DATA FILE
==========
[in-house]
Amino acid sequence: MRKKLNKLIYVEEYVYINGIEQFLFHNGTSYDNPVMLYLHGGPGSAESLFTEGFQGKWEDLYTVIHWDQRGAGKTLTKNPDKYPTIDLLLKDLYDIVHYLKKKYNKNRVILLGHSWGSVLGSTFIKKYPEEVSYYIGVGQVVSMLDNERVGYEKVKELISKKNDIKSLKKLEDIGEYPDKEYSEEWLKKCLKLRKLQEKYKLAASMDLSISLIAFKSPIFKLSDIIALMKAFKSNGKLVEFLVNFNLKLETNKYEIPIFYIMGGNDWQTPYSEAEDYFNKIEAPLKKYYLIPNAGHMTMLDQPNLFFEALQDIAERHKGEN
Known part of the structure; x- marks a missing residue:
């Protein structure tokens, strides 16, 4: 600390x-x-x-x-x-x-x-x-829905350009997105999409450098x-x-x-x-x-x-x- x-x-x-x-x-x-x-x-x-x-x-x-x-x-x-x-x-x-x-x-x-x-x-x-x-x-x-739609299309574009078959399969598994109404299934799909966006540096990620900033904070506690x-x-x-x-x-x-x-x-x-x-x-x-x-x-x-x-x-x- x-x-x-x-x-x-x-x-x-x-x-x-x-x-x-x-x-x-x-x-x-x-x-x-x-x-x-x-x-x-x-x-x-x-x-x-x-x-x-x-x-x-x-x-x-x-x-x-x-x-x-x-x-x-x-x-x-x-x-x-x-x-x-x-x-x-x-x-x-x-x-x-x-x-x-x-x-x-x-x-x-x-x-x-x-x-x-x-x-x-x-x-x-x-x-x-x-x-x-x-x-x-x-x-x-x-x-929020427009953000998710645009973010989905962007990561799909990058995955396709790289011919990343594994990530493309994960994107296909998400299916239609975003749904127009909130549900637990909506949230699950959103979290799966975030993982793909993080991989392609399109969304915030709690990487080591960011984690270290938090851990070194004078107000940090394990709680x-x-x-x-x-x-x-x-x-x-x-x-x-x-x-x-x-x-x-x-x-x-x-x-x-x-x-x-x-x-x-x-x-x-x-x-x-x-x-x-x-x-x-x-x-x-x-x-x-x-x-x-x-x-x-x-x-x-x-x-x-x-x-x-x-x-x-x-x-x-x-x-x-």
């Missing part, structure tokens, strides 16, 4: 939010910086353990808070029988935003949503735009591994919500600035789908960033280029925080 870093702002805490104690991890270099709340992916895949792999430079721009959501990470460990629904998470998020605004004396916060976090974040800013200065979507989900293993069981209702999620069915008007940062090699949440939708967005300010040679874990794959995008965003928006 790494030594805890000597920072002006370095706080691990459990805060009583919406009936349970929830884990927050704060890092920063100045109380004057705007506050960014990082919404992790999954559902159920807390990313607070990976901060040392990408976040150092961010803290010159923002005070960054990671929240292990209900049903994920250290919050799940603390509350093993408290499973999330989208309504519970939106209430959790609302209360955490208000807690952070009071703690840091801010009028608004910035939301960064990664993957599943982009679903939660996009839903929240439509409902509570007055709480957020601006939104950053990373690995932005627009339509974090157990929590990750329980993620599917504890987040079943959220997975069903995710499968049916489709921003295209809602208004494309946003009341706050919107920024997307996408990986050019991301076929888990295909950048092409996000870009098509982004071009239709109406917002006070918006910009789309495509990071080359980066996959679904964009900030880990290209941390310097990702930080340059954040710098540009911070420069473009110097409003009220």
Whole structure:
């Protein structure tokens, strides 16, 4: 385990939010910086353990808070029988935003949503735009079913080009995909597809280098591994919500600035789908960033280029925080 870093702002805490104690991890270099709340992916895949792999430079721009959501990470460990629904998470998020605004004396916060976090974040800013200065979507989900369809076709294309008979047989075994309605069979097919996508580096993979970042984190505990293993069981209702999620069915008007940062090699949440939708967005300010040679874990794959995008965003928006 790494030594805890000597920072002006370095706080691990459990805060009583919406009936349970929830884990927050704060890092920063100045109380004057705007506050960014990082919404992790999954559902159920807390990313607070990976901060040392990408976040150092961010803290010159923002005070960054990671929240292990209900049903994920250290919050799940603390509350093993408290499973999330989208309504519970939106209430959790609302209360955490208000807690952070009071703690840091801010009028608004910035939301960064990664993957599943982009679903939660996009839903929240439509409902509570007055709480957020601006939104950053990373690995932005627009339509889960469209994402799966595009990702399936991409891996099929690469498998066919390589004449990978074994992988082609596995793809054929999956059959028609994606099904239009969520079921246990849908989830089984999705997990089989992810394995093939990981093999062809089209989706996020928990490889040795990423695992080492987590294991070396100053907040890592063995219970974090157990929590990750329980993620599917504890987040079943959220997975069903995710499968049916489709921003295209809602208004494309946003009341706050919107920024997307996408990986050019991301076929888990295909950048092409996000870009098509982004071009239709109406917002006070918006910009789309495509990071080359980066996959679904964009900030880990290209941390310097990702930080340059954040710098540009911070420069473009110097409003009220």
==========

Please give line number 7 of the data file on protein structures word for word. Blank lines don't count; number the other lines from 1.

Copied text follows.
């Protein structure tokens, strides 16, 4: 385990939010910086353990808070029988935003949503735009079913080009995909597809280098591994919500600035789908960033280029925080 870093702002805490104690991890270099709340992916895949792999430079721009959501990470460990629904998470998020605004004396916060976090974040800013200065979507989900369809076709294309008979047989075994309605069979097919996508580096993979970042984190505990293993069981209702999620069915008007940062090699949440939708967005300010040679874990794959995008965003928006 790494030594805890000597920072002006370095706080691990459990805060009583919406009936349970929830884990927050704060890092920063100045109380004057705007506050960014990082919404992790999954559902159920807390990313607070990976901060040392990408976040150092961010803290010159923002005070960054990671929240292990209900049903994920250290919050799940603390509350093993408290499973999330989208309504519970939106209430959790609302209360955490208000807690952070009071703690840091801010009028608004910035939301960064990664993957599943982009679903939660996009839903929240439509409902509570007055709480957020601006939104950053990373690995932005627009339509889960469209994402799966595009990702399936991409891996099929690469498998066919390589004449990978074994992988082609596995793809054929999956059959028609994606099904239009969520079921246990849908989830089984999705997990089989992810394995093939990981093999062809089209989706996020928990490889040795990423695992080492987590294991070396100053907040890592063995219970974090157990929590990750329980993620599917504890987040079943959220997975069903995710499968049916489709921003295209809602208004494309946003009341706050919107920024997307996408990986050019991301076929888990295909950048092409996000870009098509982004071009239709109406917002006070918006910009789309495509990071080359980066996959679904964009900030880990290209941390310097990702930080340059954040710098540009911070420069473009110097409003009220």